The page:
WAPNER: BY MARK ZUCKERBERG?
GUNDLACH: YES. I THOUGHT THAT HE WAS VERY SEMANTIC IN THE WAY HE WAS ANSWERING QUESTION AS OPPOSED TO FULLSOME. AND I – ONE OF THE CHARTS ON STAGE TODAY, ONCE THE REGULATORS SHOW UP, THEY TEND TO CAUSE PROBLEMS. THERE’S BASICALLY TWO MODES OF REGULATION BY CONGRESS, NONE AND OVERREACHING. AND I THINK WE’VE MOVED FROM NONE AND WE’RE ABOUT TO MOVE INTO OVERREACHING. AND I USED A SLIDE THAT WHEN THEY START REGULATING BIOTECH COMPANIES, FOR EXAMPLE, THE STOCKS JUST STARTED TANKING. AND FACEBOOK DROPPED, IT HASN’T TANKED – I’M ACTUALLY HAPPY ABOUT THAT BECAUSE IT LEADS TO BETTER POSITION FOR THIS RECOMMENDATION. BUT I’M REMINDED, I USE THE METAPHOR OF THE
SAN FRANCISCO EARTHQUAKE AND THE STOCK MARKET. THE DAY AFTER THE SAN FRANCISCO EARTHQUAKE, THE LEGENDARY INVESTOR JESSE LIVERMORE SHORTED THE MARKET BECAUSE HE COULDN’T BELIEVE THAT THE MARKET WAS ACTUALLY UNCHANGED. AND HE SAID, THIS IS A BIG EVENT AND IT HASN’T BEEN DIGESTED INTO THE BULLISH PSYCHOLOGY OF THE MARKET. I THINK THE REGULATION HERE IS A BIG EVENT. AND I ALSO THINK THERE’S NEVER ONE COCKROACH IN THE KITCHEN. SO, WE’VE HAD THIS APOLOGY TOUR. WE’VE SEEN IT BEFORE. THIS ISN’T THE FIRST APOLOGY TOUR. I THINK WE’RE ALREADY ONE APOLOGY TOO FAR ON THIS THING. ONE MORE PROBLEM AND THERE’S GOING TO BE ONE BECAUSE THERE’S NEVER ONE COCKROACH. I JUST DON’T KNOW WHAT WILL HAPPEN WITH THE CREDIBILITY OF THESE, “I’M SORRY, WE’RE GOING TO MAKE IT BETTER TYPE STATEMENTS.” AND I DON’T FIND IT REASSURING ONE OF HIS ANSWERS THAT AI IS GOING TO ANSWER OUR PROBLEMS FIVE OR TEN YEARS FROM NOW. THIS PROBLEM BEGAN YESTERDAY, NOT FIVE OR TEN YEARS FROM NOW. AND SO I THINK THAT THERE’S A LOT OF – I THINK THERE’S GOING TO BE A LOT OF TURBULENCE IN THE AIR FOR THIS FLIGHT.
Very simply he thinks there are more shoes to drop.
If I were inclined to play for a longer term drop, possibly below $150, the technical level highlighted above, which also happens to be very near the implied earnings move I might consider a put calendar, selling a near-dated out of the money put helping to finance the purchase of a longer-dated out of the money put. For Instance:
Trade Idea: FB ($160) Buy April 27 / June 150 put calendar for 2.75
-Sell to open 1 April 27th weekly 150 put at $1.25
-Buy to open 1 June 150 put for $4
Break-even on April 27th weekly expiration:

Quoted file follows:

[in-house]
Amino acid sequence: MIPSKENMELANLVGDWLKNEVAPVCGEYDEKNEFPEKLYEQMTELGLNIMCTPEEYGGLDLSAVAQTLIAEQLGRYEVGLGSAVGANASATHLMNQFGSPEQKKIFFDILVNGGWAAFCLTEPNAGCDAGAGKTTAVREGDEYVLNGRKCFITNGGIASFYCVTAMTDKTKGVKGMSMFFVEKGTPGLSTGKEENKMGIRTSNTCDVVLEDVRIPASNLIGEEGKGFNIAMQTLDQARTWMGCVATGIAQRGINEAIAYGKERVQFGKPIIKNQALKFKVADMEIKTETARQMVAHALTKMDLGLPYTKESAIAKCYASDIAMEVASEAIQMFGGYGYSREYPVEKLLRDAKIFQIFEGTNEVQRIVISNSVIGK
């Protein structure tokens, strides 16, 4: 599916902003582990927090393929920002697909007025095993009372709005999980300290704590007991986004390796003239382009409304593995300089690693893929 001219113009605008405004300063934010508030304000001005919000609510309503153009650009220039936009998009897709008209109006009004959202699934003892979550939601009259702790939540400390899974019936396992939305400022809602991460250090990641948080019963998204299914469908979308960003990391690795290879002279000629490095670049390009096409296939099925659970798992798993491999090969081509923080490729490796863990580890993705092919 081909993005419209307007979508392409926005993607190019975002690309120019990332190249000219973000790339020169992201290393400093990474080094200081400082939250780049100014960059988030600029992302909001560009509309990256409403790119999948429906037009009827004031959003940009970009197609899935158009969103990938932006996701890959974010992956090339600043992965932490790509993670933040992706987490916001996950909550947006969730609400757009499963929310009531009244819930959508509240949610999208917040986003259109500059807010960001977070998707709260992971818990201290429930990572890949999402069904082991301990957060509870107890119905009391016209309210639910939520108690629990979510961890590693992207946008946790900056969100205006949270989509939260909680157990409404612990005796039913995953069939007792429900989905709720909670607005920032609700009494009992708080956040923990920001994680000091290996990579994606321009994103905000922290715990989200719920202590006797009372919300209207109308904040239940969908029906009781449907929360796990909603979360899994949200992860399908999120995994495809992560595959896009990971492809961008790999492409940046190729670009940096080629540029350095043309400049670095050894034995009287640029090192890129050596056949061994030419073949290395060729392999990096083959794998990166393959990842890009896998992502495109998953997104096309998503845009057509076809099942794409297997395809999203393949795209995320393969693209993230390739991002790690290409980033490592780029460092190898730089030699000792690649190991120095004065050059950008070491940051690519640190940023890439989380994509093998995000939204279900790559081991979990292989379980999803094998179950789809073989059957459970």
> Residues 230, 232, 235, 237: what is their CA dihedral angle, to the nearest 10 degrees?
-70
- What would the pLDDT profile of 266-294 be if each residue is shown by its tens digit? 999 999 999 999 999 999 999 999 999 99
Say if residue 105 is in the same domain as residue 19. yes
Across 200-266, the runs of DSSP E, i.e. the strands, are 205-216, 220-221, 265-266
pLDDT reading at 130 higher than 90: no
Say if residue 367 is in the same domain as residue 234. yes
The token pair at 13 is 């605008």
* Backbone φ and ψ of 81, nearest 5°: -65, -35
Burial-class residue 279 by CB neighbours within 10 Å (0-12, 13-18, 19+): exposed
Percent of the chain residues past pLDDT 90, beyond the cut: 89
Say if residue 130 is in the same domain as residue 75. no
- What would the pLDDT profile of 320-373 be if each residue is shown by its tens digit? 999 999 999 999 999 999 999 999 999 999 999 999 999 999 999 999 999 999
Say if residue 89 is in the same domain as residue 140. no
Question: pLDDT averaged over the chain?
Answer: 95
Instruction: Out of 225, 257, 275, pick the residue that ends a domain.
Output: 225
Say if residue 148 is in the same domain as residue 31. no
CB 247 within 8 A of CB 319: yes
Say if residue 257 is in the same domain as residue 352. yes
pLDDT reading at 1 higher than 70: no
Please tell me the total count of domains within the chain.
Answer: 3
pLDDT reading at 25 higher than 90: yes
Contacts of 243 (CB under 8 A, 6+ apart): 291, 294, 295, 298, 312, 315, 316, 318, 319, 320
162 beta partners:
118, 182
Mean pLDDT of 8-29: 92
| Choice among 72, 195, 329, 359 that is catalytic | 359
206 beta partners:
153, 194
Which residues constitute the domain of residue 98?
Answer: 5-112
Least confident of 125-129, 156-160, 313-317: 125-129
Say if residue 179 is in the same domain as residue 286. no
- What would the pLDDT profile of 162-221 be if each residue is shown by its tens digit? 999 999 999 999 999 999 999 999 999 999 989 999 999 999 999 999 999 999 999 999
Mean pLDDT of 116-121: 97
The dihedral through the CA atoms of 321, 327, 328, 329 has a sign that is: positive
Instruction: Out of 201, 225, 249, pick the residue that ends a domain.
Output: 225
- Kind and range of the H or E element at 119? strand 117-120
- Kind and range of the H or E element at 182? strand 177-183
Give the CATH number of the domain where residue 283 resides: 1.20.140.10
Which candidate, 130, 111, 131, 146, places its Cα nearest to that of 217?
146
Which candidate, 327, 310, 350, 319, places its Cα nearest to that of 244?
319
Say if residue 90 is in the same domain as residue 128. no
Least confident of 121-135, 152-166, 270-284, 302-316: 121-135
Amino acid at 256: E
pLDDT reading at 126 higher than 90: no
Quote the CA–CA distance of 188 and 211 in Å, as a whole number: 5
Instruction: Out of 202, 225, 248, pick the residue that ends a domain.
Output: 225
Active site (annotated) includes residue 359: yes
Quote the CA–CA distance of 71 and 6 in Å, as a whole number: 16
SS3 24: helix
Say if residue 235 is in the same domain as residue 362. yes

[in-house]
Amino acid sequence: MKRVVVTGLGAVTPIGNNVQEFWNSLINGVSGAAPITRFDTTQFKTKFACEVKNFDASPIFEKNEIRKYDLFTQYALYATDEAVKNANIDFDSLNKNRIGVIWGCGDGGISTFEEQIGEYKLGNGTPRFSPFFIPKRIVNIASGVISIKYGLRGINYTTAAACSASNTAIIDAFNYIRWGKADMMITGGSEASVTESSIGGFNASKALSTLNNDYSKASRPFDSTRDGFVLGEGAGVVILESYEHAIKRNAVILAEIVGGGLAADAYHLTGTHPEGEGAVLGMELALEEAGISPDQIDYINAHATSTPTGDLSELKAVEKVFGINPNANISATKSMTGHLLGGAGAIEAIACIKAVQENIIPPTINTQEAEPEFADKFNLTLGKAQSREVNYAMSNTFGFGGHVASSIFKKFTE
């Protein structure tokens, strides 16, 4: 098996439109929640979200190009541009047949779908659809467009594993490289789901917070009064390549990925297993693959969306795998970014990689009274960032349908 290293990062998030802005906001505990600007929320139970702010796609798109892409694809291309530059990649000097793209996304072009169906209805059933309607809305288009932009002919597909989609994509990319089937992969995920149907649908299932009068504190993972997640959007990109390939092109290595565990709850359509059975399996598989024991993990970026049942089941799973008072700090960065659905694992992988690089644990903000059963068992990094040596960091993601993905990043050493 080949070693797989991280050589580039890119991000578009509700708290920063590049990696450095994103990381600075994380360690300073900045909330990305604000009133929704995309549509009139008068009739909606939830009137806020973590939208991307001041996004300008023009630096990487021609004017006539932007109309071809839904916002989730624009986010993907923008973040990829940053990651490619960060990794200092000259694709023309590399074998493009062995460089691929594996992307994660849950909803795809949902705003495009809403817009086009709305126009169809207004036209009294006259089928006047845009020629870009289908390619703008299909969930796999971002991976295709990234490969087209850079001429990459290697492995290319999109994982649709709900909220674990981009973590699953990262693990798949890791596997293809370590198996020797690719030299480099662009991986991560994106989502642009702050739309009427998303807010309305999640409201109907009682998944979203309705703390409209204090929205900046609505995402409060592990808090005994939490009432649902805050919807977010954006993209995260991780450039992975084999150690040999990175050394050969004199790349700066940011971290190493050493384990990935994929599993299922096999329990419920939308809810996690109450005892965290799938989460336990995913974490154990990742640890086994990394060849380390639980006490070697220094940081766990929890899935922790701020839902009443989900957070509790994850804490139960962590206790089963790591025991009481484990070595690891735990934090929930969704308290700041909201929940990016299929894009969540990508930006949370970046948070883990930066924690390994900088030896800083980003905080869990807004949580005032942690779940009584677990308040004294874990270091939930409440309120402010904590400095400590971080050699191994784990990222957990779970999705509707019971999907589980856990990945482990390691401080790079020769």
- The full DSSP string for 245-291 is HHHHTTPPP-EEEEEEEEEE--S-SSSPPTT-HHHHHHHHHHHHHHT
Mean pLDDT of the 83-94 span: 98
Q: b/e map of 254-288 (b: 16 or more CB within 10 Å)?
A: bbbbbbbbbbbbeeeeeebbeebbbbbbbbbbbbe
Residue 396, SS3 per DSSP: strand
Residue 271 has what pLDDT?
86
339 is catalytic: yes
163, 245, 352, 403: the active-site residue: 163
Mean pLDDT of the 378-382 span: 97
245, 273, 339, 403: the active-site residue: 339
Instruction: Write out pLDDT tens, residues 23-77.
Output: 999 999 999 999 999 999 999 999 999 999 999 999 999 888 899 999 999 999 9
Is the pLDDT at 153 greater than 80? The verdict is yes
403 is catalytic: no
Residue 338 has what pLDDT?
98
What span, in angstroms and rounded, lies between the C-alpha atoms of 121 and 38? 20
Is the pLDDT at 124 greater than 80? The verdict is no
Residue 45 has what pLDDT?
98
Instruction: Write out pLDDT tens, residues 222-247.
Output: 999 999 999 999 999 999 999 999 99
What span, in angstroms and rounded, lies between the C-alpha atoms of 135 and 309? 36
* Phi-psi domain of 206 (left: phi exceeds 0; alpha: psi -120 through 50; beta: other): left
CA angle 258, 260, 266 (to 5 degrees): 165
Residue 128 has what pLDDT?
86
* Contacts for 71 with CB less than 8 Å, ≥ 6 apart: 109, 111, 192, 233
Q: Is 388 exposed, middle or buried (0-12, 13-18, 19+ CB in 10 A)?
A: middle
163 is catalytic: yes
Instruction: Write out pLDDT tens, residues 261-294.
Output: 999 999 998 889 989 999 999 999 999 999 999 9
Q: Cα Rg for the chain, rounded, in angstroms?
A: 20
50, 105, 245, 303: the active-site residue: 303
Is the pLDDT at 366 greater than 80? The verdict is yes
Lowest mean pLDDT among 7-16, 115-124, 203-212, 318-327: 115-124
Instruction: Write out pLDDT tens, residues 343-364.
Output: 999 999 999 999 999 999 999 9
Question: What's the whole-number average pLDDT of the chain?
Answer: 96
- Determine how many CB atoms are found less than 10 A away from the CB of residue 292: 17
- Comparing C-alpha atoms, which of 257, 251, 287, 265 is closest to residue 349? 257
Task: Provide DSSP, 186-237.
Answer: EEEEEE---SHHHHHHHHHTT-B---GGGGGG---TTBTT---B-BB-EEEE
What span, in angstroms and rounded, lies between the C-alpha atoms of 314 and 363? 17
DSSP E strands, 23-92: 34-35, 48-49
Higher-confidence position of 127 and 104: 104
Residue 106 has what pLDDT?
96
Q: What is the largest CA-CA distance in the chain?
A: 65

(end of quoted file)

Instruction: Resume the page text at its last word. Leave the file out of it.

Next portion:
If the stock is above 150 the April 27th weekly 150 put will expire worthless. The ideal scenario is that the stock goes down in line with the implied move and the short put helped finance owning the June. At this point I would look to either take the profit as the June 150 put would gain in deltas, or depending conviction for a break of $150, sell a lower strike put in June expiration to make a vertical put spread and further reduce the premium at risk.
The worst case scenario is risking the 2.75 in premium paid if the stock were to make a dramatic move higher above current levels or well below the strike.
As for playing for a rally, I suspect it will be short-lived, but If playing for a move higher in line with the implied move you might consider a call butterfly, for instance:
Trade Idea: FB ($159.30) Buy April 27th weekly 160 / 167.50 / 175 call butterfly for 1.70
-Buy to open 1 April 27th 160 call for 4.50
-Sell to open 2 April 27th 167.50 calls at 1.60 each or 3.20 total
-Buy to open 1 April 27th 175 call for 40 cents
Break-even on April 27th expiration:
Profits of up to 5.80 between 161.70 and 173.30 with max gain of 5.80 at 167.50
Losses of up to 1.70 between 160 and 16.70 & between 173.30 and 175 with max loss of 170 below 160 or above 175.
Rationale: I’d expect a rally to be faded, this strategy helps to offset the vol crush that will occur post earnings, while also targeting a move higher slightly lower than the implied move but risks about 1% of the stock price to possibly make 3x the premium risked.